Illustrating a Life in Fashion and Design: ‘Seamless from Biba’ by Barbara Hulanicki

These days, books on fashion and design (be they glossy depictions of trends or movements or biographies of prominent creative personalities) are undoubtedly big business. Such publications tend to come in large size hardback formats and weigh considerably more than most books, as the rationale seems to be that the thicker the paper and the heavier the tome the more respectable its perception by the reader.

I admit that when I received the press release about Seamless from Biba, a ‘pictorial celebration’ of designer Barbara Hulanicki’s career, I was sceptical about the actual book. On a first glance, I didn’t like the graphics and the overly busy design with colourful images stretched across the spreads. This seemed, on my first perception, an unusual publication in that it didn’t belong to the realm of lustrous volumes on fashion, art and design with their pages featuring generous blank spaces, serif typefaces and carefully geometrically aligned paragraphs and photographs. However, upon receiving my review copy of Seamless in the post, I became immensely engrossed in the book and the manifold stories it tells.

Born in Poland and raised in England, Barbara Hulanicki began her career as a freelance fashion illustrator and went on to work for British Vogue, The Times and The Observer. She founded the store and label Biba in 1964 with her late husband Stephen Fitz-Simon, a venture that traded very successfully until it closed its doors in 1976. After that, Hulanicki went on to work for Fiorucci and Cacharel and also designed a children’s range for the Japanese market. She also worked as a fashion photographer for a while before reinventing herself as an interior designer in Miami Beach. She has designed wallpaper, paint and new clothes ranges for George and Topshop. She was awarded an OBE in 2012 and an RDI in 2008, received honorary doctorates from several institutions and has won awards in many fields, including one from the American Institute of Architects for her interior design work. Now in her 70s, she divides her time between Miami Beach and London.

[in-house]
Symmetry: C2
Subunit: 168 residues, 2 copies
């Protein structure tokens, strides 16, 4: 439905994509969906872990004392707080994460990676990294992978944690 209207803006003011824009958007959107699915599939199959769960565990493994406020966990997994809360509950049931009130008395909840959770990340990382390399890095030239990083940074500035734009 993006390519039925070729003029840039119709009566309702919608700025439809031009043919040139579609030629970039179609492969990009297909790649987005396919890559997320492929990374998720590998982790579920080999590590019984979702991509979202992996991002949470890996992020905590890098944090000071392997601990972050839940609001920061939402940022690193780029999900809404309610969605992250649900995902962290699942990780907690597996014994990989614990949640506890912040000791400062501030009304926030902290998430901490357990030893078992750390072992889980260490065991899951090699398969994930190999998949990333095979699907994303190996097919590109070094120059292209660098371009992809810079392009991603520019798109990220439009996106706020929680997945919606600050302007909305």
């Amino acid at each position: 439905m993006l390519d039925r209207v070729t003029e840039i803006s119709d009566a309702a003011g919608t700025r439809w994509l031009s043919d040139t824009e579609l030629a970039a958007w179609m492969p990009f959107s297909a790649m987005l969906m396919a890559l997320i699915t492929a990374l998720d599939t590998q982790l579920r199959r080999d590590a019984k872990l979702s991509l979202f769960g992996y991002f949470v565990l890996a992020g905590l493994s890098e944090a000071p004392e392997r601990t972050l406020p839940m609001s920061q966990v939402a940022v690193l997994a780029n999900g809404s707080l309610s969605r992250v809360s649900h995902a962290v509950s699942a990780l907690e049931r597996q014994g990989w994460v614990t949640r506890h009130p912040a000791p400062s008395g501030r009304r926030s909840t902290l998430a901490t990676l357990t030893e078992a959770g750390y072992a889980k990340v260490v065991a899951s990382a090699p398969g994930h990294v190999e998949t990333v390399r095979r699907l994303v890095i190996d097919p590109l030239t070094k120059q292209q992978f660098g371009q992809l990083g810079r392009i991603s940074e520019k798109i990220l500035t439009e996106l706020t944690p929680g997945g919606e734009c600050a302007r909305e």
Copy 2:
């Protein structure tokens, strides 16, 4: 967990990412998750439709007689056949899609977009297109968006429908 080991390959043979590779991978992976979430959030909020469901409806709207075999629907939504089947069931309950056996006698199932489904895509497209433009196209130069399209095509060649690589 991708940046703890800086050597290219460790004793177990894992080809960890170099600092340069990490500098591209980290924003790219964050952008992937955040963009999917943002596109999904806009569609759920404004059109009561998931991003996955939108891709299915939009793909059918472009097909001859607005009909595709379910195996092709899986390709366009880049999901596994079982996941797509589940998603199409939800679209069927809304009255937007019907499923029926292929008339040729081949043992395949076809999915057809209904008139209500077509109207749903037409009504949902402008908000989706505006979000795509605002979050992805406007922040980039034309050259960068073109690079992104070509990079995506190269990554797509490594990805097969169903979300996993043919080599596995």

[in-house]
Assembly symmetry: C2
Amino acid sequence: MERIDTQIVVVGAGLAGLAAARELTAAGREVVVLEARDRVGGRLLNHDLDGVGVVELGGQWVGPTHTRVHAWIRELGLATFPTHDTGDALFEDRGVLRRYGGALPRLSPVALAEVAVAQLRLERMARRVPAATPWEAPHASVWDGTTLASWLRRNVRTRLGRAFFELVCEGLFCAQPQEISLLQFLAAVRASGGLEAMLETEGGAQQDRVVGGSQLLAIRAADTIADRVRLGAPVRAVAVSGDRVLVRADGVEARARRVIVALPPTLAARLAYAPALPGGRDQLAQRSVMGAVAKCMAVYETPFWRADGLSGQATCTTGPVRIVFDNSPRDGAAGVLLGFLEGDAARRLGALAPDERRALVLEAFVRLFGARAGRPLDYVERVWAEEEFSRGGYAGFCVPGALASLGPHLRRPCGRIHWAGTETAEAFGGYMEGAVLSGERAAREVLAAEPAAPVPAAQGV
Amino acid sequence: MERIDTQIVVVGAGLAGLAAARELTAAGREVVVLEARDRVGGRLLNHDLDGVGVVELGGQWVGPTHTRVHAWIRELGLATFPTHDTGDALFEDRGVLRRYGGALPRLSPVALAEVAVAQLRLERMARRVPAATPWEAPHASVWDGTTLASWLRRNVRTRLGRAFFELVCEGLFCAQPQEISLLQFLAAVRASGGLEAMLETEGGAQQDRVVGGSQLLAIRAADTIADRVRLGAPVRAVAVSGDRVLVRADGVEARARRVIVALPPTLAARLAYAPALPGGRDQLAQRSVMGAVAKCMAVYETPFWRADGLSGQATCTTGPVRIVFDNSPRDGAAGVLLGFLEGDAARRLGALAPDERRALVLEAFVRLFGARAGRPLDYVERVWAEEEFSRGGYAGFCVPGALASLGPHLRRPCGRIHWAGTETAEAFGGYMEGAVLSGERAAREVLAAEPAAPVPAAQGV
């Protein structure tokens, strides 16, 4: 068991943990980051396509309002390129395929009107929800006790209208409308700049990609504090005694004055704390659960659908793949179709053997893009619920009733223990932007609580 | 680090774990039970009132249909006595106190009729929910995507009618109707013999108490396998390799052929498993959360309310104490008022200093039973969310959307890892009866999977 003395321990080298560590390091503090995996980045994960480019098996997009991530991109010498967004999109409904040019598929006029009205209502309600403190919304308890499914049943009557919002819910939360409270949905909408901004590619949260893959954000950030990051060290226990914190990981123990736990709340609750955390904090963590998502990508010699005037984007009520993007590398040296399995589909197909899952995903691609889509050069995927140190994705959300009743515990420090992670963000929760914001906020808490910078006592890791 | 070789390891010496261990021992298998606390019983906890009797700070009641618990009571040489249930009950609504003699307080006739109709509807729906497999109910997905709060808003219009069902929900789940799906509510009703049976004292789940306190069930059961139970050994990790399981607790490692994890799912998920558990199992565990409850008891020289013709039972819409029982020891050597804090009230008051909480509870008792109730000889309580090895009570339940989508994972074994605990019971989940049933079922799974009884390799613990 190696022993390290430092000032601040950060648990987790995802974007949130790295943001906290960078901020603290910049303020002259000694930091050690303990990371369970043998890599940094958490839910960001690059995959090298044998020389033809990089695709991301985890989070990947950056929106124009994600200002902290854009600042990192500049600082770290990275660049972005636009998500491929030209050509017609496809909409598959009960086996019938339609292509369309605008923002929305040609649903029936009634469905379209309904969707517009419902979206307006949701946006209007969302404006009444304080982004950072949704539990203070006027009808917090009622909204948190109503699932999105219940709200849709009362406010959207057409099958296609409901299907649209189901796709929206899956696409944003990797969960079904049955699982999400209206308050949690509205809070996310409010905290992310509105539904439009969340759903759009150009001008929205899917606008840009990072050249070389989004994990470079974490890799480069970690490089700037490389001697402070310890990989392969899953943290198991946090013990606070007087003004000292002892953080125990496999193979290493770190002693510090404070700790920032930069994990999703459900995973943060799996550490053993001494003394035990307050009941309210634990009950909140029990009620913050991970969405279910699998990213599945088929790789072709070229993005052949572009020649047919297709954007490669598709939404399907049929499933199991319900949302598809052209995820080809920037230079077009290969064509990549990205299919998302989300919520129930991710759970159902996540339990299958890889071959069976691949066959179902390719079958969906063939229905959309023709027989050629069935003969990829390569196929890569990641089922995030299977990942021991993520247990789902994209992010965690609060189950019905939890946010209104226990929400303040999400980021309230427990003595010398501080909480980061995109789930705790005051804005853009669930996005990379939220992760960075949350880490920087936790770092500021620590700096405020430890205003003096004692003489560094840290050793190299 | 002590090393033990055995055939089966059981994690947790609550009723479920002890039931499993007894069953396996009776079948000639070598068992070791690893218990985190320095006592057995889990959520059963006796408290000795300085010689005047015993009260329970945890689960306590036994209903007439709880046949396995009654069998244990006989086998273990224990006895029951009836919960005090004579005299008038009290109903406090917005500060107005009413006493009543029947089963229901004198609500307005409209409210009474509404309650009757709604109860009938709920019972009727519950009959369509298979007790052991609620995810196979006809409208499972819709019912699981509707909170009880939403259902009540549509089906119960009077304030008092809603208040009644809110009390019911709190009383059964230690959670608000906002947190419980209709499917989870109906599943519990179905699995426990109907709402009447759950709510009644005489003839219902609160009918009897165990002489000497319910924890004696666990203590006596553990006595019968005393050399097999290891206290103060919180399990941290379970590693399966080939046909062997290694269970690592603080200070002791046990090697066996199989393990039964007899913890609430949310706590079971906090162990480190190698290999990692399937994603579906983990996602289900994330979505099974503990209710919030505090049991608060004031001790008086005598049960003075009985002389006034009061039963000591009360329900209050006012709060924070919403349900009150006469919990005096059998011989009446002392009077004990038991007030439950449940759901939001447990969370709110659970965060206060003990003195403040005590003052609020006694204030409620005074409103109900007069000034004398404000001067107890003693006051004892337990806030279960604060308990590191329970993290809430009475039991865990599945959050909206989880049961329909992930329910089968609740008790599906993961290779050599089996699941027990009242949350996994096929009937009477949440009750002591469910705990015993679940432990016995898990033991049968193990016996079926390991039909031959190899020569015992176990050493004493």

Designed by Hulanicki herself, Seamless from Biba is a book not only about the final product but also about the narrative and process that leads to it. It invites the reader into the designer’s intimate creative method and her final results by laying down the images as a mood board rather than as a sleek display. In this sense, Seamless becomes a rich tapestry that educates its readers into the artistic practice that leads to production, and it does this by highlighting the importance of welcoming inspiration from what surrounds you at all times rather than focussing on the final output.

Seamless is divided into six sections that mirror Hulanicki’s diverse career and interests: ‘Illustration’, ‘Photography’, ‘Product Design’, ‘Interior Design’, ‘Costumes’, ‘Print Design’ and ‘Biba’. It contains forewords by Chris Blackwell, Molly Parkin, Felicity Green, Twiggy and Leigh Lawson, and ‘verbal vignettes’ by Delisia and Chris Price that narrate Hulanicki’s influence on so many levels in the sphere of fashion and design. All in all, this is much more than just a biographic coffee table book on yet another career in fashion and design. Seamless from Biba is a voyage through the creations produced by one of the most prolific and influential designers of the twentieth century that deserves more attention than most current heavy and shiny tomes on fashion and design.